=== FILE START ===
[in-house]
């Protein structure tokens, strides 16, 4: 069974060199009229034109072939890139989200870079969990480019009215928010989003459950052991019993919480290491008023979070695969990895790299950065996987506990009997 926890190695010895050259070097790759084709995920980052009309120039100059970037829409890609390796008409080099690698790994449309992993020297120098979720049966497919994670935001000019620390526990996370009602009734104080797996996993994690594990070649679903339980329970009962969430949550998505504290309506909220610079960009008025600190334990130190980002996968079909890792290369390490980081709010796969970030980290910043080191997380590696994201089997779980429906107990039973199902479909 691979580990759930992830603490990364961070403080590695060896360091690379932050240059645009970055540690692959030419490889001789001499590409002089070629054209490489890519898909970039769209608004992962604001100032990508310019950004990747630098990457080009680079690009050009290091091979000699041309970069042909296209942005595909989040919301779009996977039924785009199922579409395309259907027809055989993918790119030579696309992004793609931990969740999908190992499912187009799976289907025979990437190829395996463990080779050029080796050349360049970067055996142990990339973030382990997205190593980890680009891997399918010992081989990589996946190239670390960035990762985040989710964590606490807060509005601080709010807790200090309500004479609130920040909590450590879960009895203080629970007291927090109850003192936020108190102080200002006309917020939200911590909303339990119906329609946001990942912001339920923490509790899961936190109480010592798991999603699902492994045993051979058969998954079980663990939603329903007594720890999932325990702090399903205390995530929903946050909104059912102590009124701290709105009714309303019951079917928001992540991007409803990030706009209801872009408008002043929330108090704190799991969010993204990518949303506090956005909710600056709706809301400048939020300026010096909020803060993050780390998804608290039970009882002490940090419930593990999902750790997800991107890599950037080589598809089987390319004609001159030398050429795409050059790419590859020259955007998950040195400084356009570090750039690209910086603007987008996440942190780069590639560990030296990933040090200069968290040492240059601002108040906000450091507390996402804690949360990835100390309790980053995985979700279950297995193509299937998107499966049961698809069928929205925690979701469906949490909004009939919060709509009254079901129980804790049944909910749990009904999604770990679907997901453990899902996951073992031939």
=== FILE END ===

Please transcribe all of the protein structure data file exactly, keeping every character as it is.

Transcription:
[in-house]
């Protein structure tokens, strides 16, 4: 069974060199009229034109072939890139989200870079969990480019009215928010989003459950052991019993919480290491008023979070695969990895790299950065996987506990009997 926890190695010895050259070097790759084709995920980052009309120039100059970037829409890609390796008409080099690698790994449309992993020297120098979720049966497919994670935001000019620390526990996370009602009734104080797996996993994690594990070649679903339980329970009962969430949550998505504290309506909220610079960009008025600190334990130190980002996968079909890792290369390490980081709010796969970030980290910043080191997380590696994201089997779980429906107990039973199902479909 691979580990759930992830603490990364961070403080590695060896360091690379932050240059645009970055540690692959030419490889001789001499590409002089070629054209490489890519898909970039769209608004992962604001100032990508310019950004990747630098990457080009680079690009050009290091091979000699041309970069042909296209942005595909989040919301779009996977039924785009199922579409395309259907027809055989993918790119030579696309992004793609931990969740999908190992499912187009799976289907025979990437190829395996463990080779050029080796050349360049970067055996142990990339973030382990997205190593980890680009891997399918010992081989990589996946190239670390960035990762985040989710964590606490807060509005601080709010807790200090309500004479609130920040909590450590879960009895203080629970007291927090109850003192936020108190102080200002006309917020939200911590909303339990119906329609946001990942912001339920923490509790899961936190109480010592798991999603699902492994045993051979058969998954079980663990939603329903007594720890999932325990702090399903205390995530929903946050909104059912102590009124701290709105009714309303019951079917928001992540991007409803990030706009209801872009408008002043929330108090704190799991969010993204990518949303506090956005909710600056709706809301400048939020300026010096909020803060993050780390998804608290039970009882002490940090419930593990999902750790997800991107890599950037080589598809089987390319004609001159030398050429795409050059790419590859020259955007998950040195400084356009570090750039690209910086603007987008996440942190780069590639560990030296990933040090200069968290040492240059601002108040906000450091507390996402804690949360990835100390309790980053995985979700279950297995193509299937998107499966049961698809069928929205925690979701469906949490909004009939919060709509009254079901129980804790049944909910749990009904999604770990679907997901453990899902996951073992031939």